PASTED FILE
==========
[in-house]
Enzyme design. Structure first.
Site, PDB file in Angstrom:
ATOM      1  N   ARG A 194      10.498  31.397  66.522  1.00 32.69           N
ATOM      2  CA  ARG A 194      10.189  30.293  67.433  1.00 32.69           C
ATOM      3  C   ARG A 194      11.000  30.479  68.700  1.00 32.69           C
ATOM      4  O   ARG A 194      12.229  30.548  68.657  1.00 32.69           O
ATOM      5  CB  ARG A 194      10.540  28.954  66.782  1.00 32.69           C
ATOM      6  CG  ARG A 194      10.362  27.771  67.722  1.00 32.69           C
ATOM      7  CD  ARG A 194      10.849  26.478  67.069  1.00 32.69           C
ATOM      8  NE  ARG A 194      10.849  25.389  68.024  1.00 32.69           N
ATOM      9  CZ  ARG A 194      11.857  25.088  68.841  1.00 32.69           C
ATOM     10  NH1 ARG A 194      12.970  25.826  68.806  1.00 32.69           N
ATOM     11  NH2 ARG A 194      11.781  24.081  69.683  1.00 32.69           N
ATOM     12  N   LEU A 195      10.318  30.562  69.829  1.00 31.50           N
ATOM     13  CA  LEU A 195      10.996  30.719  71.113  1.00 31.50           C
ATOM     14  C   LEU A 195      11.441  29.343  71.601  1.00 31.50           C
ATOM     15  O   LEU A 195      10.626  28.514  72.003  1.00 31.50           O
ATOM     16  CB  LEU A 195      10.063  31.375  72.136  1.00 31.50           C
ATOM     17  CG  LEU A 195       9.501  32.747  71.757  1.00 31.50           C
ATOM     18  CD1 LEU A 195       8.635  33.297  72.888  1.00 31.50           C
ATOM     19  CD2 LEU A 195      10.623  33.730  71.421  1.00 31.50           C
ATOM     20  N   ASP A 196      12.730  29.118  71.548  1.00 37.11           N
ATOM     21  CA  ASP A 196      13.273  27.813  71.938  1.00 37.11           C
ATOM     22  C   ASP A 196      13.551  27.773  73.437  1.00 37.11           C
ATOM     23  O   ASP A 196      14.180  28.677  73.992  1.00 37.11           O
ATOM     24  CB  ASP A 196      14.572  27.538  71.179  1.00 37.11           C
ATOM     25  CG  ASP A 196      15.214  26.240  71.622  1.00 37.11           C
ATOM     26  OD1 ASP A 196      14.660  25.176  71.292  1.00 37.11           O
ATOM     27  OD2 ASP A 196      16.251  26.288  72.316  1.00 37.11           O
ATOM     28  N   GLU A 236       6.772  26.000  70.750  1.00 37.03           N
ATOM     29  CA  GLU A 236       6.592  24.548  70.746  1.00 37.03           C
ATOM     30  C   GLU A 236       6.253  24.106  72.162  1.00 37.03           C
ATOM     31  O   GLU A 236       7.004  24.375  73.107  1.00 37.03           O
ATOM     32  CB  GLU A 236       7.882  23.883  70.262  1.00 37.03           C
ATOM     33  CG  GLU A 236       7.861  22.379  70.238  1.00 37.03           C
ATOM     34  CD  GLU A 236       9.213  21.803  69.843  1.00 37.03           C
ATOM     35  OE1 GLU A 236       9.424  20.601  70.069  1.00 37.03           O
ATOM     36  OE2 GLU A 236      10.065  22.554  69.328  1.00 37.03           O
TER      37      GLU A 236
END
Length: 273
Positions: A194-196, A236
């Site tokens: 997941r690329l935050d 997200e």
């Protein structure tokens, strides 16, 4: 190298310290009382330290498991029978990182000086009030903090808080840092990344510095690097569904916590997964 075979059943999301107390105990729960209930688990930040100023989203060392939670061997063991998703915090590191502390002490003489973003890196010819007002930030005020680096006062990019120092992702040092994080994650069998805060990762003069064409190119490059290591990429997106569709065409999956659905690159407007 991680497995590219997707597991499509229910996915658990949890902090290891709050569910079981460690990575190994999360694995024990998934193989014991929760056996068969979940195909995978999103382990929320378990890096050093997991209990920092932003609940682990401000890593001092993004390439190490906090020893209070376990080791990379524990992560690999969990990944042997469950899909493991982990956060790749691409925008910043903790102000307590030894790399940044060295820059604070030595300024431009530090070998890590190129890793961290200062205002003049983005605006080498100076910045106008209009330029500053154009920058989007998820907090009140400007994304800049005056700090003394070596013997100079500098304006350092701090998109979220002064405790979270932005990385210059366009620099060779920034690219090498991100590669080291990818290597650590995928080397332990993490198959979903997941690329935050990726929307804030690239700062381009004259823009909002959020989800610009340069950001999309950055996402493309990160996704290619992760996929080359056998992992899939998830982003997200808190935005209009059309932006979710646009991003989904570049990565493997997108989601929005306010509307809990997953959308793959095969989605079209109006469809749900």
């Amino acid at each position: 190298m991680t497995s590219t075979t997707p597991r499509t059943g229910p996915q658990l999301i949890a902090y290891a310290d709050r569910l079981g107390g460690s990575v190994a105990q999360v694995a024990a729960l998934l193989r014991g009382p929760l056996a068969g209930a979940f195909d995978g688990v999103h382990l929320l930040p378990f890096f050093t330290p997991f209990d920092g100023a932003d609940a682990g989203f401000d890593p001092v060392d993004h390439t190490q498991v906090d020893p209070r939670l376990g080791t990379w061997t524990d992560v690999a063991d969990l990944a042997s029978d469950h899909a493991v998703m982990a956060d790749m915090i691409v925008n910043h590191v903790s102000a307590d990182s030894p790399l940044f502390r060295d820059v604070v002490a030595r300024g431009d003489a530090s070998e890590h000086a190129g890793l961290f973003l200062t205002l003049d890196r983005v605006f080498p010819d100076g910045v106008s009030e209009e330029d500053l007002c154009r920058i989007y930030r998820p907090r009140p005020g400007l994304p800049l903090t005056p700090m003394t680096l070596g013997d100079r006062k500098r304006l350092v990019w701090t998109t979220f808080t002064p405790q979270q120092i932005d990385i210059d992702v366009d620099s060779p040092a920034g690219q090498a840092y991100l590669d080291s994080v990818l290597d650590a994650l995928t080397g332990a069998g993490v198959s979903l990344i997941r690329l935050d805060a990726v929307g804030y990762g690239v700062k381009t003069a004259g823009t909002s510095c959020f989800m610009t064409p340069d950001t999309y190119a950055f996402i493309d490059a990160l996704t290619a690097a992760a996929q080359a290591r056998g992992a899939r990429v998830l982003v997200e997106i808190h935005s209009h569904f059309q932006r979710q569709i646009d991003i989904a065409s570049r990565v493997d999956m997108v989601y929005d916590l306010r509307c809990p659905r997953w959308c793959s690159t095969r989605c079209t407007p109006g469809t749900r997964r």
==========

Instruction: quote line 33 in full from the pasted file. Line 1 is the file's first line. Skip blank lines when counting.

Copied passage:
ATOM     30  C   GLU A 236       6.253  24.106  72.162  1.00 37.03           C